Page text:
No sweeter air than the breeze that brushes the ankles
of the Lebanese women in their shift dresses and kitten

heels as they walk the corniche in the well-heeled
Raouche district. Even the sun is reluctant to leave

lingering on the bare arms of couples, a prelude to the
coming caress of a Beirut night: the smell of hot za’atar

always in the air, and the soughing of the Mediterranean,
always the water, flatter than an eye of unwinking turquoise

constant as the voice of Fairuz whose voice is wed
to the city and the people. Her music drifts out of cafes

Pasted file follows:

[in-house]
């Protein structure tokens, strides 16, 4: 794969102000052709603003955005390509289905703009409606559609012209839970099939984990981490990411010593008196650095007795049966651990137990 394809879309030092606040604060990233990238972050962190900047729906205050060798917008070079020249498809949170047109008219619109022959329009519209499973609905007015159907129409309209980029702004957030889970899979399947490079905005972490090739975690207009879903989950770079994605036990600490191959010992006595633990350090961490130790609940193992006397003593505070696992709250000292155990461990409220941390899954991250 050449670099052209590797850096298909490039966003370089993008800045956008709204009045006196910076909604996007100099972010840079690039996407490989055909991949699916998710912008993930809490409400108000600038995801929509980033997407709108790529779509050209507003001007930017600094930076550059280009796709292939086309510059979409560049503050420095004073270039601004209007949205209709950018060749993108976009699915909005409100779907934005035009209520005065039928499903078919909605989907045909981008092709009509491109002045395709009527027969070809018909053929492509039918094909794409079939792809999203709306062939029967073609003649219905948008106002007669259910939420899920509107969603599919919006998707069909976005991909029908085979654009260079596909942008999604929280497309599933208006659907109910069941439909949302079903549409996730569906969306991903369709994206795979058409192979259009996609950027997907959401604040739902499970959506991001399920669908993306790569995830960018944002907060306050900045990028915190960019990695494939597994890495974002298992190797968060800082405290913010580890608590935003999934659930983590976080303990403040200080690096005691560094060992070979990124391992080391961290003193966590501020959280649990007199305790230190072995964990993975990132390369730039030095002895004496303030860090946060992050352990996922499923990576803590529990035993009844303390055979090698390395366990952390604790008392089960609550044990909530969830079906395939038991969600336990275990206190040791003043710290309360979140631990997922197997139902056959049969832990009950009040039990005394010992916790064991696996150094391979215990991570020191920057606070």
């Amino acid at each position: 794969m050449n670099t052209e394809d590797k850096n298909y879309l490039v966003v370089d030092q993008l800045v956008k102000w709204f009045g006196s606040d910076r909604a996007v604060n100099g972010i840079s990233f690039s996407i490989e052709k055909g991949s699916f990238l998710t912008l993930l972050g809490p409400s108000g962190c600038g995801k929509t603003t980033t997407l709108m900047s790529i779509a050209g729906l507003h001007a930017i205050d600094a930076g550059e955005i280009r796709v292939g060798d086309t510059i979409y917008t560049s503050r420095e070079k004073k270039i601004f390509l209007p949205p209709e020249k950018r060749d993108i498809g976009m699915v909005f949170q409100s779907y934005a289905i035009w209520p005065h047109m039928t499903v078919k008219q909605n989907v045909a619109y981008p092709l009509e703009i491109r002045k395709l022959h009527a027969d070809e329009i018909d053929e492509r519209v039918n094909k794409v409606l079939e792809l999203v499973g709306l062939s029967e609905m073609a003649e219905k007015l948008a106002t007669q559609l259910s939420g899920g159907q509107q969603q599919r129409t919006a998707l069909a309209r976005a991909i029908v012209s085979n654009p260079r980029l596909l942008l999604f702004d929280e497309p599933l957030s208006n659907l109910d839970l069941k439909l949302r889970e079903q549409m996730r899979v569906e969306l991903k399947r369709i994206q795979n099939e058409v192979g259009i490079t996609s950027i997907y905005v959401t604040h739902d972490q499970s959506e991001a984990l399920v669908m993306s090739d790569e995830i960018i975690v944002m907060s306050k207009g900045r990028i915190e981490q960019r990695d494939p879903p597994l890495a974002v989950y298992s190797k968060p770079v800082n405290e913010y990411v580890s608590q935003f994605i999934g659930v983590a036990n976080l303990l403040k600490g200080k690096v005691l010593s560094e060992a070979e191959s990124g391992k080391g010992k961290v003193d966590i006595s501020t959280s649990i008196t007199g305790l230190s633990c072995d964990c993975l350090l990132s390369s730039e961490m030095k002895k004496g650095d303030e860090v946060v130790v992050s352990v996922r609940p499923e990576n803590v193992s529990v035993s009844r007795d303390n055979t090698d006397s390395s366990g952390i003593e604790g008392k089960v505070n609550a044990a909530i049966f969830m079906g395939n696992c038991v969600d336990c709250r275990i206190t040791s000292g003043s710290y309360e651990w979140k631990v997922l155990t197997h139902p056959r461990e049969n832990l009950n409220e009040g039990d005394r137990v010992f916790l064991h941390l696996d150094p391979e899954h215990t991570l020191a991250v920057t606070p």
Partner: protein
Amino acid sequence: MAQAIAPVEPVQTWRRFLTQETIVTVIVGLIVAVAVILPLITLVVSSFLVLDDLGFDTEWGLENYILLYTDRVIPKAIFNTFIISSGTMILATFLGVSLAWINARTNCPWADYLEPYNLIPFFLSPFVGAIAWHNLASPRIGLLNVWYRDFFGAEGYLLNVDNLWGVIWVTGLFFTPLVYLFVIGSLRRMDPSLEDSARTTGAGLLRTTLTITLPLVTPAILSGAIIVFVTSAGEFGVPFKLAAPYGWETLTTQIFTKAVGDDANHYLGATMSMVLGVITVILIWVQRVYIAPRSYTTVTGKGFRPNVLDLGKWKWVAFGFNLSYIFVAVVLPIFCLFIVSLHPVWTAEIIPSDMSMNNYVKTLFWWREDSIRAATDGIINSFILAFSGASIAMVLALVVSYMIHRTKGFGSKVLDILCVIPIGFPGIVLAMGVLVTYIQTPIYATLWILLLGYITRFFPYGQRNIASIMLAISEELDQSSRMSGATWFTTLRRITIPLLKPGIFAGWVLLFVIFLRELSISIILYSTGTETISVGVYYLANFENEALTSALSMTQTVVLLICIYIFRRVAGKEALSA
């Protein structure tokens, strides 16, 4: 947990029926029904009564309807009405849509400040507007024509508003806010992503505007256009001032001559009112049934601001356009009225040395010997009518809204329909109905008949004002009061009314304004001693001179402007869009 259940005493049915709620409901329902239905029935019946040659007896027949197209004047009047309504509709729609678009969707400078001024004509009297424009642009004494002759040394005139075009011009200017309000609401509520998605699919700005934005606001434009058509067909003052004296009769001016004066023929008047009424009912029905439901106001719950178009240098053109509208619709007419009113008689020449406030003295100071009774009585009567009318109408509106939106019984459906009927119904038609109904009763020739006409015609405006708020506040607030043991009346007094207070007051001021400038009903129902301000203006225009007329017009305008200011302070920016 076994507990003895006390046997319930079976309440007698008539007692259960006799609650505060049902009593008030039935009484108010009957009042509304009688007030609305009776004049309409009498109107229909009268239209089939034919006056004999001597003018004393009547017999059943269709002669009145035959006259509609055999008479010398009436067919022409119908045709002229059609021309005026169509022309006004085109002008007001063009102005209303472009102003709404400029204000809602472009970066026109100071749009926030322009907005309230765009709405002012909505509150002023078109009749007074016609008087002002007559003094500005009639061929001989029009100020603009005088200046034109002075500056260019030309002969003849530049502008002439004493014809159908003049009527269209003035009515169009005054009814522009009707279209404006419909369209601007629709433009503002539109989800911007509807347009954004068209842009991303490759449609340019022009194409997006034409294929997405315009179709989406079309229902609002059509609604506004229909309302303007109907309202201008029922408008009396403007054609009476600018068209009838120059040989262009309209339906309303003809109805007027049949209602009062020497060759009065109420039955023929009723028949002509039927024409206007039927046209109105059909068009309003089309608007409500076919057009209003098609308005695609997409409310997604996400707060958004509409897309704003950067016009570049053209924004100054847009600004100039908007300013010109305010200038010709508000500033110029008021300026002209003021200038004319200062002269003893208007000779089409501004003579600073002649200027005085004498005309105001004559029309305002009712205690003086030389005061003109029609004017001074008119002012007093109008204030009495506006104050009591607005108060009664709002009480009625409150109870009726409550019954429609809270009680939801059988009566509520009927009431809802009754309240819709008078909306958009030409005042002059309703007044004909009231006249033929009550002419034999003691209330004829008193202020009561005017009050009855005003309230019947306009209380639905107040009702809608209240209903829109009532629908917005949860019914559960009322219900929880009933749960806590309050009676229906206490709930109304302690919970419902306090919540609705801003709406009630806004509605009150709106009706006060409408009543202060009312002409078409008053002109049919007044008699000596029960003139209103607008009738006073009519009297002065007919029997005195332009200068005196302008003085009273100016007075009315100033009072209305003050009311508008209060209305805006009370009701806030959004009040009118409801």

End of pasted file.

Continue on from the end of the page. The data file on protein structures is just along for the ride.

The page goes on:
spreads a lithe body of oud strings and croon across the
discotheques and lidos, in the debkiyaat of the wedding halls

where brides gift their loved ones with the sugared almonds
made fashionable in France. Come the weekend, the city

vacates to Tyre where the small body of the murex
gave the Patricians the color purple, and the Phoenicians

an empire so small and bright it was mistaken for
a mote of light tangled in the eyelashes of a century.